Drawing of a chair they are building

Drawing of a chair they are building

What was so fascinating about the Williamsburg experience is that it is truly a working village.  All of the shops; whether they’re working with wood, fabric, food, etc. actually sell their wares.  Many of them are used to furnish the buildings but it is possible to buy them too.  As an example, one of the guys in the cabinet shop showed this drawing they were using to  build a chair for one of the buildings.  They will build the framework and then it will be upholstered in another shop.  He has been there for about 10 years and mentioned that if they were a “money making” shop there is no way they’d stay in business!  Their primary function is to educate visitors and they do a great job at that.

Since we weren’t the only ones in the shop it was very interesting to hear the questions other people had and the response.  First off, the shop is pretty crowded and what struck me right away was how dark the working conditions are. I watched a video recently showing how to make secret miter dovetails that was filmed in this shop and actually saw the man working there during our visit.  His name is Kaare Loftheim and he’s the gray haired gentleman in my pictures.  We’re always told to work in the light and sure enough, their main work areas are located underneath the windows.  A question that always comes up when people view your work is “how long did that take you to build?”  Our presenter held up a nicely dovetailed drawer and explained that it takes him less than an hour for the actual dovetails but preparing the lumber takes 2-3 hours — makes me reconsider selling off my power tools!  Rather than bore you with all of the details of the trip I’ll leave you with this slideshow of the interior of the shop.  I’d also encourage you to plan a visit to Williamsburg and the surrounding area if you’re interested in our historical roots.  You won’t be disappointed!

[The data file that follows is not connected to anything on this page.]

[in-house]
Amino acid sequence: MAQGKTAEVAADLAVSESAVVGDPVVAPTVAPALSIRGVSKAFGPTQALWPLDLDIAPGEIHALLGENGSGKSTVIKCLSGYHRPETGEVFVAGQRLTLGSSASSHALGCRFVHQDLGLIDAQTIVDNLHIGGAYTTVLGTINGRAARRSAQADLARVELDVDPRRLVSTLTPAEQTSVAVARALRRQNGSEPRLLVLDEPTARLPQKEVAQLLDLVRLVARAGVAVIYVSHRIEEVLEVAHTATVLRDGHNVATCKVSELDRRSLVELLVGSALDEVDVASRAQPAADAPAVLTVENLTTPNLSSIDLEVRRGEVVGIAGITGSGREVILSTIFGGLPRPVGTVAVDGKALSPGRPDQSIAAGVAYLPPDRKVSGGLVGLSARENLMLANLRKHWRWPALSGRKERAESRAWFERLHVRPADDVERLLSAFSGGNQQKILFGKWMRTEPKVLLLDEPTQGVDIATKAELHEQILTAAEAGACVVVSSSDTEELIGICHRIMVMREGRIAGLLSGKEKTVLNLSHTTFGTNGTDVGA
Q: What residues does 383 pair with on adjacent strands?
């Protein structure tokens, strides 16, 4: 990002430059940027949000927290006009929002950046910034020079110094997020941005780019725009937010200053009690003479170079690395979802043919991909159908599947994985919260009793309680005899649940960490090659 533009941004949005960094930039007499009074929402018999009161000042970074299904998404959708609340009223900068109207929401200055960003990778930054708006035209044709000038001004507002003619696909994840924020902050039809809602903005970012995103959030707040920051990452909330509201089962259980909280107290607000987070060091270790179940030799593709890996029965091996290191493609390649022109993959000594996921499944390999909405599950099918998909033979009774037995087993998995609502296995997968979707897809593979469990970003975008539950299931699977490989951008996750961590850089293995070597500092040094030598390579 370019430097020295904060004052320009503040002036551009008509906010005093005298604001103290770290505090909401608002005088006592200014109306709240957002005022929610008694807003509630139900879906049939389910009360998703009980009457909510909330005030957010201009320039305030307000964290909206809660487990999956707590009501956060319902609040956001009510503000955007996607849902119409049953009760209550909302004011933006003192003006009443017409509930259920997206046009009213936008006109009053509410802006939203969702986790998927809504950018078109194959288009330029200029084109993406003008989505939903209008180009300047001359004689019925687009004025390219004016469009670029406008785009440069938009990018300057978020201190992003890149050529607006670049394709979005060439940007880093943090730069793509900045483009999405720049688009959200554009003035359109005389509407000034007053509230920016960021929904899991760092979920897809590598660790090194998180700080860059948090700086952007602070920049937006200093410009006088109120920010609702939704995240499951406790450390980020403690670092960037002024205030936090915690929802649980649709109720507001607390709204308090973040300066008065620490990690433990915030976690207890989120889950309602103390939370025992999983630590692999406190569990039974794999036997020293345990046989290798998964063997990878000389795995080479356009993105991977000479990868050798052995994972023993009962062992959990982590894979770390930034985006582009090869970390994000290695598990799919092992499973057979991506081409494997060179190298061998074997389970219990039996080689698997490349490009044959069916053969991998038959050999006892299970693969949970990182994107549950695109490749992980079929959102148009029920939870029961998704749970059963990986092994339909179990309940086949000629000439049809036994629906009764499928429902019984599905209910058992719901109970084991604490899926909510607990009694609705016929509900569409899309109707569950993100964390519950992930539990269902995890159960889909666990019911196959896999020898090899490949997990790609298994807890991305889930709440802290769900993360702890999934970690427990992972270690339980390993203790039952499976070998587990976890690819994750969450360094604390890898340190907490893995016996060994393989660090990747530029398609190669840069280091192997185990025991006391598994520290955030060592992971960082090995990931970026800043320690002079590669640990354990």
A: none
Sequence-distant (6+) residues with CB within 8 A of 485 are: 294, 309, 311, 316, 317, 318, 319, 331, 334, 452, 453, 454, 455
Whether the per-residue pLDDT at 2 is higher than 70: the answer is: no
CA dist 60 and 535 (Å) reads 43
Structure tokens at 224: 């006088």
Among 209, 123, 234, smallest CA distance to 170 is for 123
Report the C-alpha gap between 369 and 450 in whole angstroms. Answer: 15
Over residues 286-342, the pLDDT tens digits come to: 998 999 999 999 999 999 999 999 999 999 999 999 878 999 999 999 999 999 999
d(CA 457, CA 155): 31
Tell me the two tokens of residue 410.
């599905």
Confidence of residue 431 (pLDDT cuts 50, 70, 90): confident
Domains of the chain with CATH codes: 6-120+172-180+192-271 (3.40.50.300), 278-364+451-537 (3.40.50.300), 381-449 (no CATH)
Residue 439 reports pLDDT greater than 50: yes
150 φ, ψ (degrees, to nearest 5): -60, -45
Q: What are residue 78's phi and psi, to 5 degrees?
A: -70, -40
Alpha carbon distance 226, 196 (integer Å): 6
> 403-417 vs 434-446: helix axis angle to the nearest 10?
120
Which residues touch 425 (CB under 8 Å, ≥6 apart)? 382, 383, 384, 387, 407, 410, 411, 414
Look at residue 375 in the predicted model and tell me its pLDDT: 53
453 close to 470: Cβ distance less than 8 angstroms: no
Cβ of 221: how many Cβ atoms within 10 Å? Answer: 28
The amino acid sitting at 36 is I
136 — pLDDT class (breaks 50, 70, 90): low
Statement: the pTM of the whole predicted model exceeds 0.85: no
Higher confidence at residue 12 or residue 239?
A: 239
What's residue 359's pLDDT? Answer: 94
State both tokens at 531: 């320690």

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I gained a lot of knowledge about the life people led in those days.  I was somewhat surprised to see some of the furniture styles but then reminded myself that they all came from Europe so that’s what influenced them.  As they became settled in the New World they developed their own styles.  Only the well-to-do would have the fancier furniture while the commoners would likely design and build their own as time and needs dictated.  My own preference leans more towards the simpler style of the Shakers with some added Asian influence.  The fancier and more elaborate furniture of the Colonial period was a way to show off your position and wealth.




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What’s It All About and a Stopped Dado!

When I went out to the shop this morning the thermometer told me that the inside and outside temperatures where equal — 91 degrees and it’s just 7:30am.  This morning, like every other one, began with breakfast, reading the newspaper, and checking emails and FaceBook.  A good friend of mine and fellow woodworker had this post on Jamie’s blog and it was a really good read.  Lupe has built some really fantastic pieces of furniture in her relatively short time as a woodworker.  What really got me thinking is how she embraces all of the new woodworking techniques to accomplish her work.  On the other hand, I pursue more traditional practices and consequently, spend a lot more time trying to accomplish what I do.  For example, if you read Jamie’s Blog you’ll see that she used a tool called the DowelMax.  This dowel jig allowed her to make an 8 drawer chest in a relatively short amount of time.  Walking into the shop and being hit by that temperature and then seeing a stack of 1/2″ Soft Maple waiting to be dovetailed for the 9 drawers got me thinking.  I do enjoy the process and challenge of hand tool woodworking, matter of fact the process of getting to the final project is probably more exciting to me than seeing it completed.  I’ve used the label of Hybrid Woodworker to define my techniques where I’ll use power tools to do the rough work but refine (or try to!) everything by utilizing traditional hand tools and methods.